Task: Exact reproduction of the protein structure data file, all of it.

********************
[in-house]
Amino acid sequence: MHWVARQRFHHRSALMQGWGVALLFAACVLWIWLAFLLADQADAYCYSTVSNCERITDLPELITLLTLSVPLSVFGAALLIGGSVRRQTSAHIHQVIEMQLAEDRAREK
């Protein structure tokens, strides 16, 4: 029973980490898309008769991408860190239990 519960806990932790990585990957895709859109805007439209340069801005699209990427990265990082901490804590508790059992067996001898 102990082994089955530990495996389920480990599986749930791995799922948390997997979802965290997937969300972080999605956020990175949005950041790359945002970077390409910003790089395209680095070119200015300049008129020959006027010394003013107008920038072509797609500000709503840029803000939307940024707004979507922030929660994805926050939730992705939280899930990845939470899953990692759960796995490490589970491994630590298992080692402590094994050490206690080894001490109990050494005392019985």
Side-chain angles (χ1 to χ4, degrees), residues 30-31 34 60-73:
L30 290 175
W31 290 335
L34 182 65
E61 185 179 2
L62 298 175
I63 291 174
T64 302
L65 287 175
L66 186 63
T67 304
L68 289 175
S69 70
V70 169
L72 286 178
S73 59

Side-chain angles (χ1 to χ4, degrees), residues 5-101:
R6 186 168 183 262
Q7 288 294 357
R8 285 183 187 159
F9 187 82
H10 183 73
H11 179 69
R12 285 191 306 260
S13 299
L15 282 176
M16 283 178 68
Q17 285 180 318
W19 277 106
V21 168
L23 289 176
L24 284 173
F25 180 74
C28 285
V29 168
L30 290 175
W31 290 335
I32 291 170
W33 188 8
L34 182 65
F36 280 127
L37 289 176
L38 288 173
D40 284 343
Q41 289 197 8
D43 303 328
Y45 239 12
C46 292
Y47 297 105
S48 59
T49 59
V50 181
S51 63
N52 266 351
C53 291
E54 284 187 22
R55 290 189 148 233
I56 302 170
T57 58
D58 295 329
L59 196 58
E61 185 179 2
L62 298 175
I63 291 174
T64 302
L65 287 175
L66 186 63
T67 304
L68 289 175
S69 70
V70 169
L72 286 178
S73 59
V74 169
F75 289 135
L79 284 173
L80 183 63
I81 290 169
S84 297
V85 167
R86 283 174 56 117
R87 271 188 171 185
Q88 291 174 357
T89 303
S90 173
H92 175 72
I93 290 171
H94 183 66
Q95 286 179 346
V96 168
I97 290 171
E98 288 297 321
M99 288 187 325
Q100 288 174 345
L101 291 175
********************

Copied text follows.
[in-house]
Amino acid sequence: MHWVARQRFHHRSALMQGWGVALLFAACVLWIWLAFLLADQADAYCYSTVSNCERITDLPELITLLTLSVPLSVFGAALLIGGSVRRQTSAHIHQVIEMQLAEDRAREK
């Protein structure tokens, strides 16, 4: 029973980490898309008769991408860190239990 519960806990932790990585990957895709859109805007439209340069801005699209990427990265990082901490804590508790059992067996001898 102990082994089955530990495996389920480990599986749930791995799922948390997997979802965290997937969300972080999605956020990175949005950041790359945002970077390409910003790089395209680095070119200015300049008129020959006027010394003013107008920038072509797609500000709503840029803000939307940024707004979507922030929660994805926050939730992705939280899930990845939470899953990692759960796995490490589970491994630590298992080692402590094994050490206690080894001490109990050494005392019985």
Side-chain angles (χ1 to χ4, degrees), residues 30-31 34 60-73:
L30 290 175
W31 290 335
L34 182 65
E61 185 179 2
L62 298 175
I63 291 174
T64 302
L65 287 175
L66 186 63
T67 304
L68 289 175
S69 70
V70 169
L72 286 178
S73 59

Side-chain angles (χ1 to χ4, degrees), residues 5-101:
R6 186 168 183 262
Q7 288 294 357
R8 285 183 187 159
F9 187 82
H10 183 73
H11 179 69
R12 285 191 306 260
S13 299
L15 282 176
M16 283 178 68
Q17 285 180 318
W19 277 106
V21 168
L23 289 176
L24 284 173
F25 180 74
C28 285
V29 168
L30 290 175
W31 290 335
I32 291 170
W33 188 8
L34 182 65
F36 280 127
L37 289 176
L38 288 173
D40 284 343
Q41 289 197 8
D43 303 328
Y45 239 12
C46 292
Y47 297 105
S48 59
T49 59
V50 181
S51 63
N52 266 351
C53 291
E54 284 187 22
R55 290 189 148 233
I56 302 170
T57 58
D58 295 329
L59 196 58
E61 185 179 2
L62 298 175
I63 291 174
T64 302
L65 287 175
L66 186 63
T67 304
L68 289 175
S69 70
V70 169
L72 286 178
S73 59
V74 169
F75 289 135
L79 284 173
L80 183 63
I81 290 169
S84 297
V85 167
R86 283 174 56 117
R87 271 188 171 185
Q88 291 174 357
T89 303
S90 173
H92 175 72
I93 290 171
H94 183 66
Q95 286 179 346
V96 168
I97 290 171
E98 288 297 321
M99 288 187 325
Q100 288 174 345
L101 291 175